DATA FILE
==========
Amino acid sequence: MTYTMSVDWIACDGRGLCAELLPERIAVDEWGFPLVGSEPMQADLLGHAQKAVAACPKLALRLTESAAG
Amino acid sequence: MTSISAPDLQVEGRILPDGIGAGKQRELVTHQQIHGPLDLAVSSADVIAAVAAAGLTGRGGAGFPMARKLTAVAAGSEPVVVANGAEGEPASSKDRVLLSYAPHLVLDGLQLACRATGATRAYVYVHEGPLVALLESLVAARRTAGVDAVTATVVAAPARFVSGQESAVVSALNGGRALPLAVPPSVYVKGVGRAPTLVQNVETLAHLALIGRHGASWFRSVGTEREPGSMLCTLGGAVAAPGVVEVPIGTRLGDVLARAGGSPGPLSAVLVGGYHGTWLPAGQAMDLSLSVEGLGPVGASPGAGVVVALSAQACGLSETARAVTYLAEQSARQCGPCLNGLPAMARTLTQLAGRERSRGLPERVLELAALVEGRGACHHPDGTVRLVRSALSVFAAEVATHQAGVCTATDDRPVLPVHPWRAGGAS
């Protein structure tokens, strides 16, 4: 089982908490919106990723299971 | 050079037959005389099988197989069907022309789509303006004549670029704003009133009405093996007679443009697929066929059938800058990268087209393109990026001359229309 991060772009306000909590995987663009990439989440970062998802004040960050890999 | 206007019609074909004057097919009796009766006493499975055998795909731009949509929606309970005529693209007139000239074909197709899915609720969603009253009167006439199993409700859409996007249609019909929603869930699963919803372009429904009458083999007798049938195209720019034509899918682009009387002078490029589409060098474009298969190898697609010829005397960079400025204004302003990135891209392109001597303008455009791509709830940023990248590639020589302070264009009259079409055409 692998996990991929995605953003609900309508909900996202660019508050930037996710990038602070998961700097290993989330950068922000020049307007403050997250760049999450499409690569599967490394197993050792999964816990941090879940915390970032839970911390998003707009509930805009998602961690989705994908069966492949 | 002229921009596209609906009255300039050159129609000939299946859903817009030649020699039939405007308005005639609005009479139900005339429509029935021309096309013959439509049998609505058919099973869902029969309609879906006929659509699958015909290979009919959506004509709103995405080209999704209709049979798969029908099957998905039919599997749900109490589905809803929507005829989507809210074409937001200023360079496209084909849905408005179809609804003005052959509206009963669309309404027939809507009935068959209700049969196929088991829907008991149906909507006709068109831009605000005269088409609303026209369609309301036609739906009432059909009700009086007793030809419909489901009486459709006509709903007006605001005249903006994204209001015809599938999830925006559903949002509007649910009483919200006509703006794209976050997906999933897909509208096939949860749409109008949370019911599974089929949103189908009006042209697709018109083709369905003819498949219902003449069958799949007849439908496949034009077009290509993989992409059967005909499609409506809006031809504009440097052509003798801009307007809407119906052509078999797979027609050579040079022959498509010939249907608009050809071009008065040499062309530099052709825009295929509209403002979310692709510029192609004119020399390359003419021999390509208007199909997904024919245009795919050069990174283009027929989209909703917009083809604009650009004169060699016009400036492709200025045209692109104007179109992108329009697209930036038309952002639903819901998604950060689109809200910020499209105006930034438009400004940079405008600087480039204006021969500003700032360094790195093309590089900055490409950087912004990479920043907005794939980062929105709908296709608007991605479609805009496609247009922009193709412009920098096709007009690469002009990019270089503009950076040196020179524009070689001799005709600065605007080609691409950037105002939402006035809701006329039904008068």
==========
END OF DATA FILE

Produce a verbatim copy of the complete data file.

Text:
Amino acid sequence: MTYTMSVDWIACDGRGLCAELLPERIAVDEWGFPLVGSEPMQADLLGHAQKAVAACPKLALRLTESAAG
Amino acid sequence: MTSISAPDLQVEGRILPDGIGAGKQRELVTHQQIHGPLDLAVSSADVIAAVAAAGLTGRGGAGFPMARKLTAVAAGSEPVVVANGAEGEPASSKDRVLLSYAPHLVLDGLQLACRATGATRAYVYVHEGPLVALLESLVAARRTAGVDAVTATVVAAPARFVSGQESAVVSALNGGRALPLAVPPSVYVKGVGRAPTLVQNVETLAHLALIGRHGASWFRSVGTEREPGSMLCTLGGAVAAPGVVEVPIGTRLGDVLARAGGSPGPLSAVLVGGYHGTWLPAGQAMDLSLSVEGLGPVGASPGAGVVVALSAQACGLSETARAVTYLAEQSARQCGPCLNGLPAMARTLTQLAGRERSRGLPERVLELAALVEGRGACHHPDGTVRLVRSALSVFAAEVATHQAGVCTATDDRPVLPVHPWRAGGAS
């Protein structure tokens, strides 16, 4: 089982908490919106990723299971 | 050079037959005389099988197989069907022309789509303006004549670029704003009133009405093996007679443009697929066929059938800058990268087209393109990026001359229309 991060772009306000909590995987663009990439989440970062998802004040960050890999 | 206007019609074909004057097919009796009766006493499975055998795909731009949509929606309970005529693209007139000239074909197709899915609720969603009253009167006439199993409700859409996007249609019909929603869930699963919803372009429904009458083999007798049938195209720019034509899918682009009387002078490029589409060098474009298969190898697609010829005397960079400025204004302003990135891209392109001597303008455009791509709830940023990248590639020589302070264009009259079409055409 692998996990991929995605953003609900309508909900996202660019508050930037996710990038602070998961700097290993989330950068922000020049307007403050997250760049999450499409690569599967490394197993050792999964816990941090879940915390970032839970911390998003707009509930805009998602961690989705994908069966492949 | 002229921009596209609906009255300039050159129609000939299946859903817009030649020699039939405007308005005639609005009479139900005339429509029935021309096309013959439509049998609505058919099973869902029969309609879906006929659509699958015909290979009919959506004509709103995405080209999704209709049979798969029908099957998905039919599997749900109490589905809803929507005829989507809210074409937001200023360079496209084909849905408005179809609804003005052959509206009963669309309404027939809507009935068959209700049969196929088991829907008991149906909507006709068109831009605000005269088409609303026209369609309301036609739906009432059909009700009086007793030809419909489901009486459709006509709903007006605001005249903006994204209001015809599938999830925006559903949002509007649910009483919200006509703006794209976050997906999933897909509208096939949860749409109008949370019911599974089929949103189908009006042209697709018109083709369905003819498949219902003449069958799949007849439908496949034009077009290509993989992409059967005909499609409506809006031809504009440097052509003798801009307007809407119906052509078999797979027609050579040079022959498509010939249907608009050809071009008065040499062309530099052709825009295929509209403002979310692709510029192609004119020399390359003419021999390509208007199909997904024919245009795919050069990174283009027929989209909703917009083809604009650009004169060699016009400036492709200025045209692109104007179109992108329009697209930036038309952002639903819901998604950060689109809200910020499209105006930034438009400004940079405008600087480039204006021969500003700032360094790195093309590089900055490409950087912004990479920043907005794939980062929105709908296709608007991605479609805009496609247009922009193709412009920098096709007009690469002009990019270089503009950076040196020179524009070689001799005709600065605007080609691409950037105002939402006035809701006329039904008068």